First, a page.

Business Valuation - 5 common mistakes valuers make
by Greg Hayes, on 03/02/14 08:44
So you're keen to develop your business valuation skills? Let's look at 5 common mistakes made in small business valuations.
1. Can I complete the valuation of a family business relying on the detailed financial statements for the past 4 years?
Yes, but it would be a limited scope valuation.
A valuation engagement where the work to be completed by the valuer is limited by the client, or where certain necessary information is not available, must be qualified as a limited scope valuation. Many valuations that are completed are limited scope valuations, so this is not uncommon. A full valuation would require a mix of both financial and non financial information. The data in financial statements alone will generally not be adequate for preparation of a full valuation.
2. You are completing an earnings based valuation and have been provided with the financial statements for the last 4 years. Can I rely on the net profit figures disclosed in the financial statements as a basis for the maintainable earnings?
No, you need to review all of the revenue and expenditure to establish maintainable earnings.
To arrive at maintainable earnings you need to regularise and normalise the earnings of the business. Whilst net profit may be your starting point, you would look at both the income and expenditure segments and adjust for abnormal and non recurring items together with other charges that may be more related to owners influence or timing recognition. The maintainable earnings of the business is normally that amount that can be maintained over time on an arms length basis.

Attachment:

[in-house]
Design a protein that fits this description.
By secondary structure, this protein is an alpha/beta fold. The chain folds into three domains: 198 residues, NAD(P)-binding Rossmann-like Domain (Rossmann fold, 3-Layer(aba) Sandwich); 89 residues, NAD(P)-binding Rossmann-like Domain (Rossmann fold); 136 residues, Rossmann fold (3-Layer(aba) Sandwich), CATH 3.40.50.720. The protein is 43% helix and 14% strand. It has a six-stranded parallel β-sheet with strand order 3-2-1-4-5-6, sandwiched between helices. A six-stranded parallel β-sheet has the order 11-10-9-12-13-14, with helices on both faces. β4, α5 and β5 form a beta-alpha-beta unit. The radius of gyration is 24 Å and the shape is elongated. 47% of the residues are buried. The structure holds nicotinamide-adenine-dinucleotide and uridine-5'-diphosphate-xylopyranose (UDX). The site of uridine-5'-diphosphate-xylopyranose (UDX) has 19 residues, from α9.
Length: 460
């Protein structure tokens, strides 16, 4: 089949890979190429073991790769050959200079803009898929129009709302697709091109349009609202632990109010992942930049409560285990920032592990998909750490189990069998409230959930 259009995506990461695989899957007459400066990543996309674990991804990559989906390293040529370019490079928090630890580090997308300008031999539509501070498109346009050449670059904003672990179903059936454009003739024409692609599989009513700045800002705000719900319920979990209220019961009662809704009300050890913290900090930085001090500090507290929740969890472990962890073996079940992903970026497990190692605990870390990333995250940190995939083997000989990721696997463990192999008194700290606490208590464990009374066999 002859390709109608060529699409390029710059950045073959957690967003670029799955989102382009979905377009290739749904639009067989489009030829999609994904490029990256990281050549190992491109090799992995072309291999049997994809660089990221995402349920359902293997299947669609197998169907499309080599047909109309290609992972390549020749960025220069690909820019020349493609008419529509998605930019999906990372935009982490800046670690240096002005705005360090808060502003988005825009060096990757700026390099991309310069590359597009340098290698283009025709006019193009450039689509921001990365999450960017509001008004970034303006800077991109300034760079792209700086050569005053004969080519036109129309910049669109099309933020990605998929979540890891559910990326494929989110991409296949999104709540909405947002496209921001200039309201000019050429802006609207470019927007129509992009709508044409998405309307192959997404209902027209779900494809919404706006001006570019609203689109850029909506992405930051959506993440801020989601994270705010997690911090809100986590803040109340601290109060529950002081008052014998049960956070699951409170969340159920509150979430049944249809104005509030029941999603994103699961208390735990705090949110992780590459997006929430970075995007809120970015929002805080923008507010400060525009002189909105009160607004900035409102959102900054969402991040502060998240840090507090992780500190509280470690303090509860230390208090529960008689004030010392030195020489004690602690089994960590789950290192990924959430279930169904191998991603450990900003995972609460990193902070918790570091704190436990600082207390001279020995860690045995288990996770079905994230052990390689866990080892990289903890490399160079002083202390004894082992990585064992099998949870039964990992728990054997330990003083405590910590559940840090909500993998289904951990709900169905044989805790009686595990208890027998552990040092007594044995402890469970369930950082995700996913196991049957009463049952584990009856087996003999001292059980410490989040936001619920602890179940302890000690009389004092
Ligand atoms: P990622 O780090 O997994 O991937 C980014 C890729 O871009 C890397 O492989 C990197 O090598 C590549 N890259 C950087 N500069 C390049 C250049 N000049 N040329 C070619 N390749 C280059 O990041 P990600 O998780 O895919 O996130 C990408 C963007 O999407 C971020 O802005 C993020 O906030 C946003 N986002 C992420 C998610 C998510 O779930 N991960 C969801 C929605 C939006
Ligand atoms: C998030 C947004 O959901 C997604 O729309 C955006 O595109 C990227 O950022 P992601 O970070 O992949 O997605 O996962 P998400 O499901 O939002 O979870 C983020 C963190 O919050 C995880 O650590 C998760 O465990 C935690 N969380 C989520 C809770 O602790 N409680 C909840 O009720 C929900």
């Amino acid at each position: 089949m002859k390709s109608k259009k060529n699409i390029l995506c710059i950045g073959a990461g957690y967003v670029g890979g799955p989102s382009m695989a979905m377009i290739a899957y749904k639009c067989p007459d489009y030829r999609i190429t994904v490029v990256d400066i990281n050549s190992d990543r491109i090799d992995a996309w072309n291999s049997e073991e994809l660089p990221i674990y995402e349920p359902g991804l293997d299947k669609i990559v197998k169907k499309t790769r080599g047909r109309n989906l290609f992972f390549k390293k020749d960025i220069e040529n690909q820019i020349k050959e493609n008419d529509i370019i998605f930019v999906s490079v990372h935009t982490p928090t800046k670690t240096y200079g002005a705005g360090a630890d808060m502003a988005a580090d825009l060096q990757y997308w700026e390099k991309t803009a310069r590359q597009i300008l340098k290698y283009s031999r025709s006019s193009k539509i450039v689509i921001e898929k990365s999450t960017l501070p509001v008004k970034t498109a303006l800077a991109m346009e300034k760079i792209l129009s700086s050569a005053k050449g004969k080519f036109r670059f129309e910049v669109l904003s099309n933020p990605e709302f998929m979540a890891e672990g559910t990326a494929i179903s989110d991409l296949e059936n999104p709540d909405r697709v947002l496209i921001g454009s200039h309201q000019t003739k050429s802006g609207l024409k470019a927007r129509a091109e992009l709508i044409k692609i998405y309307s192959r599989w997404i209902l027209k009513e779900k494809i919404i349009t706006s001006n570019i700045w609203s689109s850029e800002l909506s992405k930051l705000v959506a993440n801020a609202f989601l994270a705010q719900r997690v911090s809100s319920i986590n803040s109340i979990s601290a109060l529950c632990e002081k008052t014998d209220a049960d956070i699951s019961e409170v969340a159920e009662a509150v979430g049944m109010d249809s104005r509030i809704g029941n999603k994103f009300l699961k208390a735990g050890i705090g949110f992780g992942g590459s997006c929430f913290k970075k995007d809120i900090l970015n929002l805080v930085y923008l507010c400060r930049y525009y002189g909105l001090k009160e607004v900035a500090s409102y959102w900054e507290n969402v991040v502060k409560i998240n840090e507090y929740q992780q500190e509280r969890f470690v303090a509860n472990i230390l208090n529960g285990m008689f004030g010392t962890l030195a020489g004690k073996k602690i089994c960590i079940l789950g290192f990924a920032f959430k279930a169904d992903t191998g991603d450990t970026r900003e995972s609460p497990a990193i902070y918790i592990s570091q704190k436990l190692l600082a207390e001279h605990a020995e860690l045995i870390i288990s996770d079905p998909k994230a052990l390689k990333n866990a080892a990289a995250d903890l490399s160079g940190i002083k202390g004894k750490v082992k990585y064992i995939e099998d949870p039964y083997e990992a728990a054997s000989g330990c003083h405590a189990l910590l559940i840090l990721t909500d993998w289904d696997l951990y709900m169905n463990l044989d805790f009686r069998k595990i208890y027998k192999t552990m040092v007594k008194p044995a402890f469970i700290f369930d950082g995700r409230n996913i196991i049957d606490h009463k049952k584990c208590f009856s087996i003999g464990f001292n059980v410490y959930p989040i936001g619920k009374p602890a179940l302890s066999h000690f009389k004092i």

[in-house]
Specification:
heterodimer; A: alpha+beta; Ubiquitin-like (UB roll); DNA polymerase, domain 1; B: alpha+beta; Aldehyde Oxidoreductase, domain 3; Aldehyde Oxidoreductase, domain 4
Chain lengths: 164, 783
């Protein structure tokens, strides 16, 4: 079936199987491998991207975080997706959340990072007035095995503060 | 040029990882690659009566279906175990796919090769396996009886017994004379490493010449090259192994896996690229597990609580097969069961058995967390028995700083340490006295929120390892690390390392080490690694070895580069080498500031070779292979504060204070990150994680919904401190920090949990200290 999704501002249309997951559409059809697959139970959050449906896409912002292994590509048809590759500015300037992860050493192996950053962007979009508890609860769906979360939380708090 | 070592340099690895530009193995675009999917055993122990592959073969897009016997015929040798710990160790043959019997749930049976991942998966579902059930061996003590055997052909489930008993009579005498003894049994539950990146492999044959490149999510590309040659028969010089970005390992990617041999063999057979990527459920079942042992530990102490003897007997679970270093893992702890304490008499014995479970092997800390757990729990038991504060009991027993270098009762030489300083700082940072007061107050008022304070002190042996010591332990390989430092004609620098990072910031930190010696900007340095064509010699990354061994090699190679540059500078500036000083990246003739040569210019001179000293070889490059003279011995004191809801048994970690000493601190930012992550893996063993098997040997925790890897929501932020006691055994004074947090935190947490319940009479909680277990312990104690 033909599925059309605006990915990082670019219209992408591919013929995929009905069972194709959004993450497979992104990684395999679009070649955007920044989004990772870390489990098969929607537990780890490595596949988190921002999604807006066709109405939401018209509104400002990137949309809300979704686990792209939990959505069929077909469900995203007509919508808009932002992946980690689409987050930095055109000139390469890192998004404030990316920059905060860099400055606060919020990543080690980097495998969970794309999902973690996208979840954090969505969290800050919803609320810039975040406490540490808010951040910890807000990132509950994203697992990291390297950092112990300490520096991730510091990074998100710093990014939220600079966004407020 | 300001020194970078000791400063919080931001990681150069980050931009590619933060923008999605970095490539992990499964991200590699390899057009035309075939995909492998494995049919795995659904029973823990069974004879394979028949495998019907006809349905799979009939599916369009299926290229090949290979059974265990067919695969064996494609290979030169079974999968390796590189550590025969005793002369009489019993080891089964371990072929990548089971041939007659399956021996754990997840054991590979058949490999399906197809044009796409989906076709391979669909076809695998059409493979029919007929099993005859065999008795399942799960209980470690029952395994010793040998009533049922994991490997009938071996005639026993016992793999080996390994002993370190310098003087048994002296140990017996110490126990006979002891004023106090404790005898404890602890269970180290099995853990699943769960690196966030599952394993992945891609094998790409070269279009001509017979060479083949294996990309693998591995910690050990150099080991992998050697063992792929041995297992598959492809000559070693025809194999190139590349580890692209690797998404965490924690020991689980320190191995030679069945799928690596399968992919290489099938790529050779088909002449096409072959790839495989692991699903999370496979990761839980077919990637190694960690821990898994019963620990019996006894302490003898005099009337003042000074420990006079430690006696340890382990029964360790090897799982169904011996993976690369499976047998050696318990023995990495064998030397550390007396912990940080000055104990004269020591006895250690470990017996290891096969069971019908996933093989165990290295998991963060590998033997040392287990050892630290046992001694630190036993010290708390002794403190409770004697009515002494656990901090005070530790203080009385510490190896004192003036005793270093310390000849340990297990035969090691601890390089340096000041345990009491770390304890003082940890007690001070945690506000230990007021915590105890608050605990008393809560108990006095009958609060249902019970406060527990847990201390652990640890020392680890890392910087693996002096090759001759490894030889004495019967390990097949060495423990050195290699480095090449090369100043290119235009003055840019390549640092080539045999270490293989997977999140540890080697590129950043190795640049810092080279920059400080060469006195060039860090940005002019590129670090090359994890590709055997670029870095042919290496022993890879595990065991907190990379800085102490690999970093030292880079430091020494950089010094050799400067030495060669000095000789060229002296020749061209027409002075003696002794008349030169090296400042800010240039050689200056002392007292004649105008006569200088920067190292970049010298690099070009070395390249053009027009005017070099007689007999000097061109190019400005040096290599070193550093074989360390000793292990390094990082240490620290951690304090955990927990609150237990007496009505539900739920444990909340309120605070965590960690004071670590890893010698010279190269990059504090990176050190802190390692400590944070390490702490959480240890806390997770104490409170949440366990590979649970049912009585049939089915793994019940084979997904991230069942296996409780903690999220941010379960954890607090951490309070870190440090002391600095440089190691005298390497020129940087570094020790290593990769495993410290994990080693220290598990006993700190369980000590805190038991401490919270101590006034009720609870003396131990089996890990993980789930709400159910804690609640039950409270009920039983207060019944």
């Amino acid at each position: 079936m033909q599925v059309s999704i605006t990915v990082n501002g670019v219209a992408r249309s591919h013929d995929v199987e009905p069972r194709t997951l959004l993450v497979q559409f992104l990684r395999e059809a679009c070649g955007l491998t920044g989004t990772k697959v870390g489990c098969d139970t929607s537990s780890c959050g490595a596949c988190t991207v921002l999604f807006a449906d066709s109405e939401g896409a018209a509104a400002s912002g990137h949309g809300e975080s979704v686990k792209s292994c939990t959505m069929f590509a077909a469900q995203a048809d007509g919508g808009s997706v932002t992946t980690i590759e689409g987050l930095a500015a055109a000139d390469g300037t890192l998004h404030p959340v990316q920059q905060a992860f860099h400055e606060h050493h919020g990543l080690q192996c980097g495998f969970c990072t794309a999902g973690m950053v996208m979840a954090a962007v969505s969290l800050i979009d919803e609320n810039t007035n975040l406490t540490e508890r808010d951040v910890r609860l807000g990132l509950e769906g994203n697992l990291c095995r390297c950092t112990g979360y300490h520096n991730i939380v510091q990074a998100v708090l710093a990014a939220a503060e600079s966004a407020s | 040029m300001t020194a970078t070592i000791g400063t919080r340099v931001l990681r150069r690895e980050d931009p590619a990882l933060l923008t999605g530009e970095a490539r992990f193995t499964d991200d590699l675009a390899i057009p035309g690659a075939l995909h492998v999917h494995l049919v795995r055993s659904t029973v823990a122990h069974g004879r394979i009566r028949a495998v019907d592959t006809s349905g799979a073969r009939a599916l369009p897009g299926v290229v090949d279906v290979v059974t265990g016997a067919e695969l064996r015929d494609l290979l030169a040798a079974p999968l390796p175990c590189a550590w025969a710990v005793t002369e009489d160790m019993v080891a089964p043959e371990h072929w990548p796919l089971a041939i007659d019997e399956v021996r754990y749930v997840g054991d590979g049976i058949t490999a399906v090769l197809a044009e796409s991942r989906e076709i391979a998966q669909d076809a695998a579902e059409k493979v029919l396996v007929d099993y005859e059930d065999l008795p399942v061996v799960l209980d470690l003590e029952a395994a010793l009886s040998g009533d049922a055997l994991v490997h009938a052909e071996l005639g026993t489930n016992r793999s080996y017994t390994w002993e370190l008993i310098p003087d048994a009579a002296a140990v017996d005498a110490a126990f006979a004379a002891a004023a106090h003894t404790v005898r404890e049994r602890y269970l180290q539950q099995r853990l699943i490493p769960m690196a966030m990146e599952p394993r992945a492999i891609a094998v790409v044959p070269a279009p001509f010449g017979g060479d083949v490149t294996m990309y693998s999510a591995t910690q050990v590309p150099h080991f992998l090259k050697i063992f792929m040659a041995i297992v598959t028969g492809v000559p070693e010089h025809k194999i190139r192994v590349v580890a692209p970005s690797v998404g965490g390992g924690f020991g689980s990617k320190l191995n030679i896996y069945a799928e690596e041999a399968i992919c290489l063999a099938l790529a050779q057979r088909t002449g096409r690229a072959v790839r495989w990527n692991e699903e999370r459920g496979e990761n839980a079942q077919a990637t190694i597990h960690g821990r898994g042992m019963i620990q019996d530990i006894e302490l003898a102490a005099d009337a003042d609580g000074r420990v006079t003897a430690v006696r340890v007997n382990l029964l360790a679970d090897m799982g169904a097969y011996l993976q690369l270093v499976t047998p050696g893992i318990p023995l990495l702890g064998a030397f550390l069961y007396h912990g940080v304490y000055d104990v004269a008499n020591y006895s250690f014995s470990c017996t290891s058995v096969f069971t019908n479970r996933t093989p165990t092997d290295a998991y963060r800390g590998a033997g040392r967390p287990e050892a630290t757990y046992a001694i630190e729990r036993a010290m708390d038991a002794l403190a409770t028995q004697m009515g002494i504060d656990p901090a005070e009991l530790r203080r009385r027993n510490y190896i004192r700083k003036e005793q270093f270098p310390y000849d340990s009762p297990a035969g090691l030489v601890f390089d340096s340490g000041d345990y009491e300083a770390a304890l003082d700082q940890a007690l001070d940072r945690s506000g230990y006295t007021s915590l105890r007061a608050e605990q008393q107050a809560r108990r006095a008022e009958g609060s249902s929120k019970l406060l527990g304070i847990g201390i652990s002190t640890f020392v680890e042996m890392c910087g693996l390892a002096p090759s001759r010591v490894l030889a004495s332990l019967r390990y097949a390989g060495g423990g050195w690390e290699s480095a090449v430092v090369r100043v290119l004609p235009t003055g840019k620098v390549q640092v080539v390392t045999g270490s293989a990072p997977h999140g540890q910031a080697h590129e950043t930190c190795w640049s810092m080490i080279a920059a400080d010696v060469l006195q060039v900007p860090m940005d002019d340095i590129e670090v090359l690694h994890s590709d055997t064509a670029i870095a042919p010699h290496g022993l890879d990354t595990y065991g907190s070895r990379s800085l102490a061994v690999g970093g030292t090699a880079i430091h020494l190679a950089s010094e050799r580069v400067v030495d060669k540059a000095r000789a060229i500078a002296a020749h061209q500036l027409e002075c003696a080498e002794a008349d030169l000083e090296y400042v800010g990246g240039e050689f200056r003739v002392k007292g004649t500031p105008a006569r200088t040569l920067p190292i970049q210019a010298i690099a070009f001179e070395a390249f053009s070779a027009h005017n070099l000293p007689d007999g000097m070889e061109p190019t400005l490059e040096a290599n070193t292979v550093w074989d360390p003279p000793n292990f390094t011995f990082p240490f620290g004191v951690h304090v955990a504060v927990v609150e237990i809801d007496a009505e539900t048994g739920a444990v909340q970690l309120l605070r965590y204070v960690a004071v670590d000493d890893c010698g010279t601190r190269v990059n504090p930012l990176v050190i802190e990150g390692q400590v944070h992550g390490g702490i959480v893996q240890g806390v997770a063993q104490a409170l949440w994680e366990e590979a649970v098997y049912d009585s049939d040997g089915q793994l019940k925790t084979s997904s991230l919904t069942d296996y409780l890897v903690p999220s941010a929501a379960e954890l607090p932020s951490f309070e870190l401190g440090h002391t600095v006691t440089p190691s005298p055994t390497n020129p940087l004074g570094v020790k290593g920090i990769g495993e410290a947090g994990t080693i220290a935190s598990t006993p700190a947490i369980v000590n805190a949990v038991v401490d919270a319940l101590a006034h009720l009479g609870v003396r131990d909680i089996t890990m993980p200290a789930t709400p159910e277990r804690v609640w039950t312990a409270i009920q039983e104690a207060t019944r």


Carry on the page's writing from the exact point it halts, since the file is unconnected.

3. As the valuer do you have freedom in the selection of the valuation method?
Yes, subject to the constraints of the professional standards and any contract limitations.
A valuer should select the methodology most appropriate for the business being valued, other than where there are legal constraints such as a shareholders agreement which dictates the valuation method to be employed. Subject to this, in selecting the most appropriate valuation method the valuer, assuming they are a member of one of the accounting professional bodies, must follow the guidelines provided in the standard in selecting the methodology that will provide the most appropriate reflection of the business.
4. What is the difference between the enterprise value and equity value of a business?
Equity value = enterprise value + net surplus assets – interest bearing debt.
The enterprise value is the value of the business in isolation whereas the equity value is the value of the entity that holds the business. Equity value allows for interest bearing debt, whereas this debt is ignored in an enterprise value calculation. Equity value also considers assets beyond the business that may be on the balance sheet. Whether you require an enterprise or equity valuation will depend on the purpose of the valuation.
5. A lot of valuations that I see employ an earnings multiple of 3. Can I use a standard capitalisation rate for the majority of businesses that I value?
No, the earnings multiple of capitalisation rate is a measure of risk. You need to apply a rate that reflects the risk profile of the business.
The earnings multiple or capitalisation rate are a measure of the risk profile of the business. Your valuation should consider both the internal and external risks of the business. Having assessed the risk profile you would then look for different bases of comparable data that provides reference points for the range in which the multiple is likely to sit. With this information you exercise professional judgement to determine the appropriate multiple or capitalisation rate.